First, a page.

Are you in the midst of an “authentic becoming”? It is a phrase that I hear people use more and more often as they learn about the science of positive psychology. It was originally coined by two psychologists Tim Kasser and Ken Sheldon to describe a process, by which people pursue their true selves and become the person they were perhaps meant to become. As odd as it sounds, it is something that many of us experience. Let me give you an example.
A good friend of mine has always been what other people wanted her to be. She is a good daughter who sometimes bites her lip when her mum gives out to her about something she has done. She is a great wife, who keeps the peace in the house by attending to other’s needs rather than her own. She is also a good employee who does her work, even though she is not very interested in it. She is very easy going, thus great to be friends with. She never causes as fuss and tends to go with the flow, even though sometimes it is not good for her. Whilst it helps her avoid arguments with people, it is also detrimental to her health.
One day, when the kids grew up enough to do their own thing, she decided to take charge of her life. She went to see a life coach who helped her figure out who she really was, what she really wanted to do, and encouraged her to take the first steps to become the authentic self.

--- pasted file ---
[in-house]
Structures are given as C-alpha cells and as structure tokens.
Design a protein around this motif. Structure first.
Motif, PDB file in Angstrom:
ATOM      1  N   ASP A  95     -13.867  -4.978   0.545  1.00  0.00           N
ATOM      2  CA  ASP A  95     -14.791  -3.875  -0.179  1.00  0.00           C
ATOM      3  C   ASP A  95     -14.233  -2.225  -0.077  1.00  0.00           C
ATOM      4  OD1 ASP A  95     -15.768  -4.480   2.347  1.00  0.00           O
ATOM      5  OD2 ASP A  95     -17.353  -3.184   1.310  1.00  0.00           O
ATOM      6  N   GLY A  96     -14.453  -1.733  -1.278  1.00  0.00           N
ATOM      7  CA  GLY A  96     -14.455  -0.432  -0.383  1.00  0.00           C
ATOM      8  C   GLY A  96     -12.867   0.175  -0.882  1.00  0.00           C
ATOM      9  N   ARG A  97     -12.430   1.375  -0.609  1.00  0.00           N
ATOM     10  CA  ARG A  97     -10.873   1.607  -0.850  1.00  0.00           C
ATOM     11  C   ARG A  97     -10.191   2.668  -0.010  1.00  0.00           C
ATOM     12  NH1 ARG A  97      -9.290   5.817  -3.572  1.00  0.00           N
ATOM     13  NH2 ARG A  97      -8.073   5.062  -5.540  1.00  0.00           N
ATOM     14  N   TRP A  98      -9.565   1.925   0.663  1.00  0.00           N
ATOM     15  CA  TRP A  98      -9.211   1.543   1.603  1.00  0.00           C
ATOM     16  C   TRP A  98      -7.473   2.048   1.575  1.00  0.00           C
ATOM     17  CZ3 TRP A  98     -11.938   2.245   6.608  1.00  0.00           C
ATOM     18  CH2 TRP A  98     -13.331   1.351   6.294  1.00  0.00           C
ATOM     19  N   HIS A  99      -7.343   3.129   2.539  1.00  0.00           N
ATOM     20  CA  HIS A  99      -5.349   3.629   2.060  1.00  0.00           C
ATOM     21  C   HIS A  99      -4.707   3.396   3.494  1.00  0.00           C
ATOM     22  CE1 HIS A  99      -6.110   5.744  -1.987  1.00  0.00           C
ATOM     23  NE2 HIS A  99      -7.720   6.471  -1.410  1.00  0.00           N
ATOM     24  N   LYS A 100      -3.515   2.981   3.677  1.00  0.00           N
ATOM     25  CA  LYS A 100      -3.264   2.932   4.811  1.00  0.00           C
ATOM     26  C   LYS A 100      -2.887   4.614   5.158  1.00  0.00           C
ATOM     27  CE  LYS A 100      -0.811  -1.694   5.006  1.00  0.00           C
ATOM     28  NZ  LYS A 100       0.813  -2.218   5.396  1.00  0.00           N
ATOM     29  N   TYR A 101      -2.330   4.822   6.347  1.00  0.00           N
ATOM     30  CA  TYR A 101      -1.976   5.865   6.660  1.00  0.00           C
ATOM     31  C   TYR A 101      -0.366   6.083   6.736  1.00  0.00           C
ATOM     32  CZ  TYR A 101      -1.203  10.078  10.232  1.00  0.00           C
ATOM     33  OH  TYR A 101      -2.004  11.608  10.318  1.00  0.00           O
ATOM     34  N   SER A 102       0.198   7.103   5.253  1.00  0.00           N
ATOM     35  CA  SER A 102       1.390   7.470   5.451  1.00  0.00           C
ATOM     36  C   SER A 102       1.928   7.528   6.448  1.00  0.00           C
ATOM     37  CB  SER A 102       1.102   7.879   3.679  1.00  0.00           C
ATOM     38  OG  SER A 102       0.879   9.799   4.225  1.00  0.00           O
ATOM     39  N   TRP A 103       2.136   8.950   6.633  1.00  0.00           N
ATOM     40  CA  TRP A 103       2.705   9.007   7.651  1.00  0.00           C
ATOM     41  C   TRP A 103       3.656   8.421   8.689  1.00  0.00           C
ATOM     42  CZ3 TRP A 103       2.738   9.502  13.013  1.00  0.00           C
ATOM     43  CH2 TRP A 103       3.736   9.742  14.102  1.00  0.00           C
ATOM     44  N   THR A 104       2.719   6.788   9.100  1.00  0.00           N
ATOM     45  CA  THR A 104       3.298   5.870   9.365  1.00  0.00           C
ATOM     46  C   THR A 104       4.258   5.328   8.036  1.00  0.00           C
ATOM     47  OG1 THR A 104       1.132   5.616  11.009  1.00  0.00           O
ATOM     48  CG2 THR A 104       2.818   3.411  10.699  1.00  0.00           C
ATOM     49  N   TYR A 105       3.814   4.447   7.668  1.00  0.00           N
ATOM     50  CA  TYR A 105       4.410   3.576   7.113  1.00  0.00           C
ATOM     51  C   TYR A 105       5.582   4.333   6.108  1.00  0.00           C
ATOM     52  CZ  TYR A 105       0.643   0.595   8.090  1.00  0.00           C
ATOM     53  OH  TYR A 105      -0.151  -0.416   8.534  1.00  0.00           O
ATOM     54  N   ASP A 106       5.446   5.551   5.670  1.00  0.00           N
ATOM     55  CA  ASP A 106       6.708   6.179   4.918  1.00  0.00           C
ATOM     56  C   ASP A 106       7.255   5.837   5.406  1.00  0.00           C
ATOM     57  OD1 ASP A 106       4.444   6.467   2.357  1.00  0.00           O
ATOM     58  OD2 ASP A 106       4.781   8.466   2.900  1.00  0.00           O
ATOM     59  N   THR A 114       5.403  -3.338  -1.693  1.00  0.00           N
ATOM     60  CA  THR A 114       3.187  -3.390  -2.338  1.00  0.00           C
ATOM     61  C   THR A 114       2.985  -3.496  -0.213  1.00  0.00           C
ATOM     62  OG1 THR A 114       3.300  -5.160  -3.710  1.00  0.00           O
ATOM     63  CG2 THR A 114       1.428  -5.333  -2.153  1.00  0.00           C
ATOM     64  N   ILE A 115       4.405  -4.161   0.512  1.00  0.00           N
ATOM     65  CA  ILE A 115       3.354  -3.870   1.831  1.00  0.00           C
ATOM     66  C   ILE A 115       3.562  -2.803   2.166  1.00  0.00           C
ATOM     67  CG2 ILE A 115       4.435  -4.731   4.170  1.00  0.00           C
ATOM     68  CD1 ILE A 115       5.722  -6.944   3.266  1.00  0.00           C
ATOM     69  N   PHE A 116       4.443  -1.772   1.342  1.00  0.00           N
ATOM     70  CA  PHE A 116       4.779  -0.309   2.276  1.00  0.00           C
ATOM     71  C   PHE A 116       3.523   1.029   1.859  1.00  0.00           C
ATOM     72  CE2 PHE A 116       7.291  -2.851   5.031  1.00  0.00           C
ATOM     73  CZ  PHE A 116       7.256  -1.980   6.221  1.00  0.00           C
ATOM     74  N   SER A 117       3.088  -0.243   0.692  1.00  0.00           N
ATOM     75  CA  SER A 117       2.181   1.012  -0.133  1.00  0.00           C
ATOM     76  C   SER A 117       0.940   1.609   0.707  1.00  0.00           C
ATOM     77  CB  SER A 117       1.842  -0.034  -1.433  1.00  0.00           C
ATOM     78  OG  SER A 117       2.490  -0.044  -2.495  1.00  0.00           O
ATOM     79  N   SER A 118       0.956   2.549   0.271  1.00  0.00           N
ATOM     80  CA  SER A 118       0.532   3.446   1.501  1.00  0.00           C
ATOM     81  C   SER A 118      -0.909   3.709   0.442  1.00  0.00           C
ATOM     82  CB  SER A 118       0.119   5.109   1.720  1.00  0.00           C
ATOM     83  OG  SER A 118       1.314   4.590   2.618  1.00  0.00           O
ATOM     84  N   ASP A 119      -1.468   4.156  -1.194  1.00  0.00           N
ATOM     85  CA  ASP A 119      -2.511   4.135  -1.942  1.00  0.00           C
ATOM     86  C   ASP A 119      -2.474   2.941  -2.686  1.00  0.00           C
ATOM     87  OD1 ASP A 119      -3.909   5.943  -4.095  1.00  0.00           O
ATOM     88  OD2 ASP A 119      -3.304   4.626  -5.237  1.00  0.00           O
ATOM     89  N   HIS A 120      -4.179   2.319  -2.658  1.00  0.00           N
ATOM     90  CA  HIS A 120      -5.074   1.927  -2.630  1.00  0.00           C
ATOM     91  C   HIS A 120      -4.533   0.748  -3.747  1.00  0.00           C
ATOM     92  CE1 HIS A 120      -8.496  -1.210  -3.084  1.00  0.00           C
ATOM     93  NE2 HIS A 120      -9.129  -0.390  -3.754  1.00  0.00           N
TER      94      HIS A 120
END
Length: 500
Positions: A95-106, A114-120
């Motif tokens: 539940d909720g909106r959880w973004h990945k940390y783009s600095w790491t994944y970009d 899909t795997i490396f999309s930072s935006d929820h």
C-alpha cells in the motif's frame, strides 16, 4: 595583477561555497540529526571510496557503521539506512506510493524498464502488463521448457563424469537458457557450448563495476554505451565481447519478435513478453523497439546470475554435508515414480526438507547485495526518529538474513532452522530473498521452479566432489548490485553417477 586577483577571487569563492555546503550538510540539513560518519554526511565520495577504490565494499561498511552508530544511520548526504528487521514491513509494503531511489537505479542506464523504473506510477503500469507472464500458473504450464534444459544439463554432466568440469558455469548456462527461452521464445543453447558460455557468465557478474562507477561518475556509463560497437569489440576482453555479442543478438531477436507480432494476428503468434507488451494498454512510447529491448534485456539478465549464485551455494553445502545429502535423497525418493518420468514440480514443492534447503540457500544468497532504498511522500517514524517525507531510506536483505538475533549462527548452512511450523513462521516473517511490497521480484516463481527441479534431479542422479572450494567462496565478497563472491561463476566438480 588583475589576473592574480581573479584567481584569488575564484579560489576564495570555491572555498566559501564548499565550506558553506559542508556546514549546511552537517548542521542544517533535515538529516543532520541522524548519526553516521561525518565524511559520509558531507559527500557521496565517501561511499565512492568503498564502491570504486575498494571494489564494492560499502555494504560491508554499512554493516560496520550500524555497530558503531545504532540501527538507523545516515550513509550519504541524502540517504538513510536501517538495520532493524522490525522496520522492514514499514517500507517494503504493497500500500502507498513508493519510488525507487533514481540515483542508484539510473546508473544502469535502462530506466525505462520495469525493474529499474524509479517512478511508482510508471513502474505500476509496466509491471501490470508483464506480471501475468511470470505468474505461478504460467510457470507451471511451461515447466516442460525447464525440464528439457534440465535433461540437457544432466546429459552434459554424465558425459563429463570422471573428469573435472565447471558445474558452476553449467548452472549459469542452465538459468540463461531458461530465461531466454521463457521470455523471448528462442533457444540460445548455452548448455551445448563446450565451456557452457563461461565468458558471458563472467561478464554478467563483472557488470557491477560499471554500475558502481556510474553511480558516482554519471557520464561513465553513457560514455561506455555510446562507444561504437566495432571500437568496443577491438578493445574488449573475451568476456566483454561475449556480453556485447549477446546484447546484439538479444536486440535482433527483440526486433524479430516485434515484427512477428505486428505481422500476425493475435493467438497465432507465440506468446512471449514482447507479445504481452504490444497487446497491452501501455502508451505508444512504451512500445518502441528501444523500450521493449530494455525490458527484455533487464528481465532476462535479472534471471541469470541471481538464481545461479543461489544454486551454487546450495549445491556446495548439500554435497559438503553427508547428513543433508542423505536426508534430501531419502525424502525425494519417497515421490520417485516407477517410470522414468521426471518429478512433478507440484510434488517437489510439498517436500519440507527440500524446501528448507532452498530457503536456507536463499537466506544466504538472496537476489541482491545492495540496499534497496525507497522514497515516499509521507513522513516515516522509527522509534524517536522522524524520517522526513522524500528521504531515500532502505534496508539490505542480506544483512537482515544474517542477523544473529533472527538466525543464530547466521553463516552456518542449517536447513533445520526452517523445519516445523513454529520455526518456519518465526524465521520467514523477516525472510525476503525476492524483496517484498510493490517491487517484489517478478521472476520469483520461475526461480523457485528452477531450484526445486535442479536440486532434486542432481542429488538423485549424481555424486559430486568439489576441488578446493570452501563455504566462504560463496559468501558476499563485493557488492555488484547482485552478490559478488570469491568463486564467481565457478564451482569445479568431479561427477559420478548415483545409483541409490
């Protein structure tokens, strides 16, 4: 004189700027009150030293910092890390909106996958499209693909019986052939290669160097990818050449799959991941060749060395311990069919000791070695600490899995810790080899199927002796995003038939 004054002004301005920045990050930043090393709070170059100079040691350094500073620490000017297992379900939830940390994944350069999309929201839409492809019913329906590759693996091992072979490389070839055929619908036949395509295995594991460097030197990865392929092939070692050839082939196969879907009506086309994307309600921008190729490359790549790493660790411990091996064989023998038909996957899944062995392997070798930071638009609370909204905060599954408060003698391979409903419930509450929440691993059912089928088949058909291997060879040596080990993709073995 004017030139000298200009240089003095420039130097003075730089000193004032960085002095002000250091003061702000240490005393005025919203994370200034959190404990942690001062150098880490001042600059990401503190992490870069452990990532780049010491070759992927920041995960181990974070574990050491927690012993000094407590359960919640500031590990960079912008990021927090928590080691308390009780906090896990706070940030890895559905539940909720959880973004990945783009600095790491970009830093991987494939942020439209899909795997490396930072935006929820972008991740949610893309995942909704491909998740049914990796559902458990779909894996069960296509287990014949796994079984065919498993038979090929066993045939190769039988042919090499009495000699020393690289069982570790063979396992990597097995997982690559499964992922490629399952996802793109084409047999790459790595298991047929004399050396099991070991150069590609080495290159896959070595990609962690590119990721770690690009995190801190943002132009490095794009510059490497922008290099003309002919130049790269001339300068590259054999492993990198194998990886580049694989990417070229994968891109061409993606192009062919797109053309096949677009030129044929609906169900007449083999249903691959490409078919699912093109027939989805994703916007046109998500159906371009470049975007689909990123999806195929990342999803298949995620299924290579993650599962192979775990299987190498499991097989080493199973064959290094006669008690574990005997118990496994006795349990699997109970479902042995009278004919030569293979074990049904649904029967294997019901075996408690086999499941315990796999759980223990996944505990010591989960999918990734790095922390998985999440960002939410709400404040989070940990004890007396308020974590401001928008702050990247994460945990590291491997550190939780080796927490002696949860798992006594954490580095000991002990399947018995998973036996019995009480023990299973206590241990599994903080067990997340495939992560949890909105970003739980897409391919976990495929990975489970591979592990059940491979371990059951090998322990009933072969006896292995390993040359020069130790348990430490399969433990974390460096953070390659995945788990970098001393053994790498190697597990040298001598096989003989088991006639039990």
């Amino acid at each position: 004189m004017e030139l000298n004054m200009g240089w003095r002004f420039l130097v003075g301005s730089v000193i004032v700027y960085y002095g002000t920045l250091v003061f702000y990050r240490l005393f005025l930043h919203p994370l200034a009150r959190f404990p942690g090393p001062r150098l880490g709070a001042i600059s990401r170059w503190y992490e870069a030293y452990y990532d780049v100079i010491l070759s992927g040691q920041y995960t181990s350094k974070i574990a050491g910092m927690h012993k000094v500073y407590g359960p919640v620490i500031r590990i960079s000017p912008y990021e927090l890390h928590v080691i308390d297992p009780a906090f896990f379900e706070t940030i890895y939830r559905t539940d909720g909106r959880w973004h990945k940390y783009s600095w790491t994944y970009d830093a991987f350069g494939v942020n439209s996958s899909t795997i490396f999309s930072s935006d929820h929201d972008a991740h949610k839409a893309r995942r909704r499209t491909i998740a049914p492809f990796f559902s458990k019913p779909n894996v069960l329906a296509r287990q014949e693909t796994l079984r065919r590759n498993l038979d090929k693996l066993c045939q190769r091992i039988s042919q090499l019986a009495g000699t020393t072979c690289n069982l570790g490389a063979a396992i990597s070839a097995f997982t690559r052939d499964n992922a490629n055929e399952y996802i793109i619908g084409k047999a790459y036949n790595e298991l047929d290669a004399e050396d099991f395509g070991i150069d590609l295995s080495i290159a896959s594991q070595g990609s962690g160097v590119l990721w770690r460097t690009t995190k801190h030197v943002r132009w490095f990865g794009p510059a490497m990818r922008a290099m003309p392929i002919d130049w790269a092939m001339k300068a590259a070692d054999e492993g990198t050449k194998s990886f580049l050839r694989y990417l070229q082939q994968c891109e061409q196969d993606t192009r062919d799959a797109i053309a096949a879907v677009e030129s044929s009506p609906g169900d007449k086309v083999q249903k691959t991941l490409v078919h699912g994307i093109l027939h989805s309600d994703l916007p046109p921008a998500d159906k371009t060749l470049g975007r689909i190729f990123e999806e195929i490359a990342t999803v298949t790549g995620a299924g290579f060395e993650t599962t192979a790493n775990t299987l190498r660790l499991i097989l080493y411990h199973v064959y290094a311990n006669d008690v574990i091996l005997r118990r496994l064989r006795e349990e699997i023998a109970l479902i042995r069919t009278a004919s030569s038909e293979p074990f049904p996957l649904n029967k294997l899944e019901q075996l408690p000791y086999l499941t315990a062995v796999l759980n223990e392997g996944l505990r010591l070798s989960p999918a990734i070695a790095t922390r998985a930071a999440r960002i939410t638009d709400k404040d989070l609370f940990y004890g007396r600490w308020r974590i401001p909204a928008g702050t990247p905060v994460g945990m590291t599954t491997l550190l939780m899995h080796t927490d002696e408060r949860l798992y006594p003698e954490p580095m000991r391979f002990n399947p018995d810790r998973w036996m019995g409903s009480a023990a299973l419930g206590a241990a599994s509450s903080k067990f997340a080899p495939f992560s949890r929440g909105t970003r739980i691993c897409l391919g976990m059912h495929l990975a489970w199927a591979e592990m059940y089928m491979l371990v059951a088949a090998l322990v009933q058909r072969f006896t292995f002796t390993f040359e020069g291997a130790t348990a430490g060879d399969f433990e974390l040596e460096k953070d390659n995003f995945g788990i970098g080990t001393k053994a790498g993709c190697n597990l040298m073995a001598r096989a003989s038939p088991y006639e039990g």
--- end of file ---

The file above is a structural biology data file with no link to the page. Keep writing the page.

Initially, it was a scary journey that frightened her every step of the way. She went back to college to retrain. She had essays to write, projects to do, books to read and lots of new friendships to nurture. All this took her away from her kids, her husband, the rest of her family and her old friends, who soon began to complain about the changes she imposed upon them. As hard as it was for her to listen to them, she stuck with it.
After her graduation, she began to teach what she learnt and through that she met a business owner who offered her a senior position in her organisation. It is now three years later and she is finally in a job she loves and doing the things she has always wanted to do. Her “authentic becoming” was not an easy process, but it led her to a life she always wanted to have.
Whilst my friend’s story suggests that “authentic becoming” helps us get a perfect job in life, we don’t have adequate scientific evidence to link these two concepts together. This is why, one of my students, Lisa Avery, who is currently studying for Masters in Applied Positive Psychology, has taken this as her research topic this year. Lisa is interviewing people who found a calling in life and tries to identify the process through which finding a calling occurs. Her research will be available to read in just a few months. In the meantime, however, I hope that each day, everyone of us can do at least one small thing that will help us move a step closer to becoming the authentic selves in the future.
Kasser, T., & Sheldon, K. M. (2004). Nonbecoming, alienated becoming, and authentic becoming: A goal based approach. In J. Greenberg, S. L. Koole, & T. Pyszczynski (Eds.), Handbook of experimental existential psychology (pp. 486-499). New York: Guilford Press.